Posted by @cheeseguy
a resident of Another Palo Alto neighborhood
on Jun 3, 2015 at 8:17 pm

Redwood and Philippine mahogany WERE cheap materials back in the 50s and 60s, when they were PLENTIFUL. By the mid-70s, this was no longer true.

Remember that until the mid-70s, land was cheap, building materials expensive, Joe Eichler broke ground by finding CHEAP building materials for the time--and built small houses on large lots. This made them affordable--combined with FHA/VA financing-- to veterans of WWII and Korea. They were also built using lots of glass-- cheaper than walls; linoleum instead of carpet, concrete foundations instead of wood--whatever was cheapest at that time. They also skimped on nails and used a lot of highly flammable materials: an Eichler will burn to the ground in under seven minutes ( according to PAFD).

Building an Eichler from the ground up today, to meet today's building codes, would be unaffordable to 99% of Americans. The large lot would constitute approximately 65% of the cost. Joe Eichler built them to be affordable to everyone: hence, cutting corners, inexpensive materials for that time period, in places where land was cheap at that time.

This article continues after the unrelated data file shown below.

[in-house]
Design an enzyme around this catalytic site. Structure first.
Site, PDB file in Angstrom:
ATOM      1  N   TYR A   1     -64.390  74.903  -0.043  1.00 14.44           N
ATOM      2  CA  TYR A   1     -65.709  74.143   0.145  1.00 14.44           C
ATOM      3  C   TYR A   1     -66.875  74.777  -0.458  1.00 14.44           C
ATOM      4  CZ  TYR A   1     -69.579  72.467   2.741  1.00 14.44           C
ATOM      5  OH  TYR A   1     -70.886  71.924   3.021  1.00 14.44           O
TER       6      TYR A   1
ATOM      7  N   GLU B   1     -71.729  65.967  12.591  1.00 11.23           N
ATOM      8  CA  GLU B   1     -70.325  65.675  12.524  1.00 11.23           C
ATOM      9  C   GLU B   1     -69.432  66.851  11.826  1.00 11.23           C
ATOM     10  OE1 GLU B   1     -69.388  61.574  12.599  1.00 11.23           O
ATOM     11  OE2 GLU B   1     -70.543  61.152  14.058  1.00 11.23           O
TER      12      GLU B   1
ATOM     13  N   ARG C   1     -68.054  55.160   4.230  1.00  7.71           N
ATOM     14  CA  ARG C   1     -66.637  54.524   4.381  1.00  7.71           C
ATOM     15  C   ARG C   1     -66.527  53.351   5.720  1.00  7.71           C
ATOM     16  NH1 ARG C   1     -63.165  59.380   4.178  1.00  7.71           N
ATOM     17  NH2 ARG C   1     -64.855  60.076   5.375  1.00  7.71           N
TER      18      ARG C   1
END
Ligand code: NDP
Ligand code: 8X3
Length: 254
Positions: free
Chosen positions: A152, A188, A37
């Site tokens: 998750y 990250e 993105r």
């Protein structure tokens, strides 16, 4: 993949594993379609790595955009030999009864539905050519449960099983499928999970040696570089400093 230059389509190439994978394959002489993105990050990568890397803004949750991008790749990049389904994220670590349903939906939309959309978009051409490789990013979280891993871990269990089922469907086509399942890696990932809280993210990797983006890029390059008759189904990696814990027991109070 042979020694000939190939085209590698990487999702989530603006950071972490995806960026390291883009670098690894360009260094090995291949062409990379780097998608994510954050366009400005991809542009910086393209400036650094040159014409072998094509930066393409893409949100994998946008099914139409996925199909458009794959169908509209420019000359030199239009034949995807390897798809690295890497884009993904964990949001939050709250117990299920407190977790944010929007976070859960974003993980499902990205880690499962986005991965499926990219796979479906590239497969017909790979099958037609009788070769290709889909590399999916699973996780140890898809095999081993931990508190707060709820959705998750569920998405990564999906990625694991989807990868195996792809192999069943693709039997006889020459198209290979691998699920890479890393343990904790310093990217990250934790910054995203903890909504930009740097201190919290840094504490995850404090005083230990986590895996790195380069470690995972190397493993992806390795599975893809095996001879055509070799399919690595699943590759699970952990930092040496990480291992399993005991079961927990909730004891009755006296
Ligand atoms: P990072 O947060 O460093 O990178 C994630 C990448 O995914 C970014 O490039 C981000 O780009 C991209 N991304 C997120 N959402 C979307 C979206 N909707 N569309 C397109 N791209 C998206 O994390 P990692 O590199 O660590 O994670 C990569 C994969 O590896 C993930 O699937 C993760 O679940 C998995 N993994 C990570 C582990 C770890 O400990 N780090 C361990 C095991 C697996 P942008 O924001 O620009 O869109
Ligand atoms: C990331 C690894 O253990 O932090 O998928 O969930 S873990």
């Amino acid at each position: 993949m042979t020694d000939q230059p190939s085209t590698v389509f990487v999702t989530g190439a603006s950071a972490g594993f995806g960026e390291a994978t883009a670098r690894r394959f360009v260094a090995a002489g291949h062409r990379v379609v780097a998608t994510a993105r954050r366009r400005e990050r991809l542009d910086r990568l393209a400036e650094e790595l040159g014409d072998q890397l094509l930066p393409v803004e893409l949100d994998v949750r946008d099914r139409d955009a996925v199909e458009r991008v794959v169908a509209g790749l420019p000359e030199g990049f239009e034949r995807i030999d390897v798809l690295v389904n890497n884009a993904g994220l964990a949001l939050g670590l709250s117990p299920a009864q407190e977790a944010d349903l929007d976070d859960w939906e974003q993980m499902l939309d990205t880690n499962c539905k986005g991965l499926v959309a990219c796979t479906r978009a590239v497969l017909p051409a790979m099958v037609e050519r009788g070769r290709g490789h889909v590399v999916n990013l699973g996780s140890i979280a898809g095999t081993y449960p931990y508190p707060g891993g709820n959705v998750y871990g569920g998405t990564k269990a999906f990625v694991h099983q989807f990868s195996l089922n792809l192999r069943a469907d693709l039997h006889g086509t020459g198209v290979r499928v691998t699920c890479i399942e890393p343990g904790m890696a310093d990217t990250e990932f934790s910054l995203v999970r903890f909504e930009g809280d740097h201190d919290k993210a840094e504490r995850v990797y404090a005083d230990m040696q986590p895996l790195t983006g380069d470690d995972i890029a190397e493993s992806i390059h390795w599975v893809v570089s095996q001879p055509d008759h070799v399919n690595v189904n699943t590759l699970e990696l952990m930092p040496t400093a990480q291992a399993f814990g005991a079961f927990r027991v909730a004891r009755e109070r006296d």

5 people like this
Posted by original cheeseguy replies
a resident of Midtown
on Jun 3, 2015 at 8:59 pm

The issue is not the inherent value of the building materials (though they were reasonably priced at the time more due to assembly-line, mass production rather than the cheapest building materials, see Web Link). Do they meet current codes, obviously not (nor does any other historic house in this town build from before the 50's). Yet carpeting does not make sense over radiant heat in the floor and glass walls reflect a style consistent with the local climate and life style. These houses reflect a modernist style that defined this area and California in the 1950's and still has significant architectural relevance. Letting people preserve these neighborhoods keeps a bit of history that is of importance. The only thing that these neighborhoods are saying is that this is a style worth preserving and if you want a scrap-off to build a large new house you can go elsewhere.


5 people like this
Posted by Wouldn't It Be Nice
a resident of Adobe-Meadow
on Jun 3, 2015 at 10:18 pm

I agree with CPD - each homeowner can modify their own deed and terms of sale to preclude 2nd stories and non Eichler-like changes (I started to say improvements, but caught myself). Of course they should be able to control their own property and personal priorities.

For the rest of the (should be equally empowered) homeowners who have already purchased their properties and have their own, personal plans for them, let manage their own properties and assets. Requesting certain design characteristics or prohibition of 2nd stories should be decided neighborhood by neighborhood, but only with 100% of neighborhood property owners' agreement.